Put your sales force in charge of international sales

Fail in foreign trade

Businesses close to the border in particular often make this mistake: in order to save costs, their own German sales representatives quickly travel to the neighbouring country to sell company products. Professor Peter Anterist, CEO of InterGest, the global trust company, describes a case that ends unsuccessfully and must end unsuccessfully.

Oh, how beautiful it is in Switzerland! The mountains are impressive, the chocolate is divine, and Swiss German has a sympathetic sound to it. And that’s not all – the citizens of this Alpine nation also have plenty of money and are enthusiastic consumers.

So what could be more natural for a company in Southern Germany to conquer at least German-speaking Switzerland, and to sell the universally beloved products made by Pfleiderer GmbH there as well?

Mr. Pfleiderer Junior is the third generation of his family to manufacture high-quality fitted kitchens near Lake Constance, on the Swiss border. His kitchens – high quality from German producers – are very popular but expensive, which makes them practically perfect for the Swiss market.

Until now, no major sales activities had been geared toward Switzerland but the fact could not be ignored that more and more Swiss consumers wanted Pfleiderer kitchens and were beginning to travel to Germany and order the kitchens there. It was a lucrative business with strong growth potential.

Mr. Pfleiderer decided to get down to brass tacks, and he imagined supplying all of Switzerland with his high-quality kitchens in the immediate future. He already had a tax representative in the country, because he needed one for his kitchen installation activities. The next step, namely founding his own Swiss branch, could therefore be done fairly easily by the same local tax advisor.

For cost reasons, Mr. Pfleiderer decided not to have a showroom at first; instead, sales would take place through local trade fairs and exhibitions, as well as a direct sales approach he had designed himself according to the “Vorwerk” model, which he used very successfully in Germany. His skilled, well-trained salespeople just had to gain access to the potential customer’s house or apartment, and then they could build a virtual kitchen for the amazed customer on the spot, using his proprietary computer simulation program. Once they had gotten that far, an order was usually within reach.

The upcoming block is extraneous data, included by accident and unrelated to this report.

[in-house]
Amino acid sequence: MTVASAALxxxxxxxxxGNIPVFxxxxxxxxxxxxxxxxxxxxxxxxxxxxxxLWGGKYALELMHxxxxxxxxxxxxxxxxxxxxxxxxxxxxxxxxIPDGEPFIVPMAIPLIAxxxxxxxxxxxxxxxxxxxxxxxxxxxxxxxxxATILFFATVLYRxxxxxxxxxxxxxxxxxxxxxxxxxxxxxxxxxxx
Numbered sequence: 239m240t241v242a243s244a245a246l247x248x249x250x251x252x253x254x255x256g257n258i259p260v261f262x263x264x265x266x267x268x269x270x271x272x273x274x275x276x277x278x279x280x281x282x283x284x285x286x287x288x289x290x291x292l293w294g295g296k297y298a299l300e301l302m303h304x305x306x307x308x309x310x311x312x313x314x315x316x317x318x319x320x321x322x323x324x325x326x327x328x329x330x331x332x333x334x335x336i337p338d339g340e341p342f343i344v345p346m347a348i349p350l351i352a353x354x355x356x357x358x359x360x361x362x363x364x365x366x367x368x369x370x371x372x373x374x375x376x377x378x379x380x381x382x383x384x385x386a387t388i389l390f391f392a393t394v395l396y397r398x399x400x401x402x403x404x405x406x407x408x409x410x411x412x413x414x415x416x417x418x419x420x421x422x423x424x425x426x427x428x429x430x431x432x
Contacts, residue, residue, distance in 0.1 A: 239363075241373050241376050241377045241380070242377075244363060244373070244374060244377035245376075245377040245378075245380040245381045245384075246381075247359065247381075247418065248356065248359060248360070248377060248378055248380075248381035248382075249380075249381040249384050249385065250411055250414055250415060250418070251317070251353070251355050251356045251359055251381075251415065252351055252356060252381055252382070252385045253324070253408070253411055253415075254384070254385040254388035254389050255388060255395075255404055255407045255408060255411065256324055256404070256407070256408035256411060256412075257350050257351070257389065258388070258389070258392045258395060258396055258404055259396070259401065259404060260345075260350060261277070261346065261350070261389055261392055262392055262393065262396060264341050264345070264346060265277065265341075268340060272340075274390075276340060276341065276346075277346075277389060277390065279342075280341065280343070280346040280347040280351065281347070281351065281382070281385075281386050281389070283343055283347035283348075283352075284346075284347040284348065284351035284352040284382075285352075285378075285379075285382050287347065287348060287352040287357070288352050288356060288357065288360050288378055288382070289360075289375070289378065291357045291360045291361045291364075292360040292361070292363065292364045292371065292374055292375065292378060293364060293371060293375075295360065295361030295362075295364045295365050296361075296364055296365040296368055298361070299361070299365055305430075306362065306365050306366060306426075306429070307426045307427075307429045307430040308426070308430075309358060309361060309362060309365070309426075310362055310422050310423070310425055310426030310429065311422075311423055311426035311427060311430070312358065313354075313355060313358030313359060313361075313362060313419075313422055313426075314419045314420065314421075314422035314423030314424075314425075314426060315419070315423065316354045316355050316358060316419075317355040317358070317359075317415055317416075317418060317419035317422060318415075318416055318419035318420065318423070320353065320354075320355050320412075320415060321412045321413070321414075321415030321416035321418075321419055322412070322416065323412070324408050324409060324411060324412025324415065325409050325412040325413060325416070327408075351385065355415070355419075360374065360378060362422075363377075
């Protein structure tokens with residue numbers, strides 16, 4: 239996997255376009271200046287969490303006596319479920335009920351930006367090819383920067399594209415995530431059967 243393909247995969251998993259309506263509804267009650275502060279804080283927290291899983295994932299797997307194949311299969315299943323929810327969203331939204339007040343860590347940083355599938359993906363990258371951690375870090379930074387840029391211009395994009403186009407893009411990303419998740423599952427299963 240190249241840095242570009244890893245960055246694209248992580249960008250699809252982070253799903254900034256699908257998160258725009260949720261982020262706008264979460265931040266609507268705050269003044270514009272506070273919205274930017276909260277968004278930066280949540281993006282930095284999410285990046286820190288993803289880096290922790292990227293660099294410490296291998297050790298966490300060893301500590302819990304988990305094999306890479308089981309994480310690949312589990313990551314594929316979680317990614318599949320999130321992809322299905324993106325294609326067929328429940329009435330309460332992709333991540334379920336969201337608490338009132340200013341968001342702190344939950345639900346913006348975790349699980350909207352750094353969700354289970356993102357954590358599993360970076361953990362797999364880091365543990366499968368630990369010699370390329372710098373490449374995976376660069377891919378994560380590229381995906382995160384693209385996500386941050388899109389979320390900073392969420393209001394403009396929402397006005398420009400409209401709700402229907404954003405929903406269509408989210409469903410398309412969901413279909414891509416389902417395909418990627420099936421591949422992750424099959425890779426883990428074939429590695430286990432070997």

Another advantage was that, thanks to fairly high profit margins, he was able to live well on just a few orders.

Now he planned to transfer this approach to Switzerland, and there was no reason to expect anything less than a complete success.

For the most part, the catalogue was left unchanged; the prices were simply shown in Swiss francs, and the German sales employees were given a bit of intercultural training by Mr. Pfleiderer’s wife, who loves going to Switzerland for shopping trips and has a great rapport with the Swiss.

Now the individual German sales representatives were assigned certain regions, creating a manageable, broad triangle between Basel, St. Gallen and Lucerne.

Fully motivated, everyone went to work. The first order was placed within a week, and another one followed after three weeks, but when nothing else was forthcoming, the upbeat mood gradually started to fade.

During the sales team’s first crisis meeting with the company management, the main problem became clear: the sales representatives were simply not being let into their Swiss neighbours’ homes. The Swiss did answer the door when someone rang the bell, but by the time they heard the somewhat awkward attempt at the Swiss greeting, “Gruezi,” they were kindly but firmly closing the door to the folks from Pfleiderer GmbH.

The team now did everything they could to change the situation – they even considered a language course in Swiss German. But it was all for naught. They couldn’t sell kitchens with this approach, and the many hours of fruitless sales attempts and the many kilo- metres driven on Swiss roads were beginning to wear on the budget.

The management of Pfleiderer GmbH falsely assumed that the German sales approach could be transferred directly to Switzerland, and with German sales representatives to boot. We often see German companies, particularly near the border, making the serious mistake of confusing two very different things. One is the popularity of German products in other countries, and the other is the popularity (or lack thereof) of Germans themselves in other countries – two things that could not be more different.

When a German sales representative turned up at the potential Swiss customer’s front door, he had already lost the battle. Swiss people weren’t about to let in this foreign sales agent who couldn’t even say “Gruezi” without an accent – and why should they? When people are already sceptical and reserved with their own countrymen, imagine how it will be for foreigners! If Mr. Pfleiderer had only bothered to invest in hiring and training Swiss employees, he probably would have been successful.

Incidentally, this problem is not restricted to the Germans and the Swiss. There is a saying that neatly sums up the relationship between the Germans and the French as well:
The Germans like the French but don’t take them seriously. The French in turn take the Germans seriously but don’t like them.

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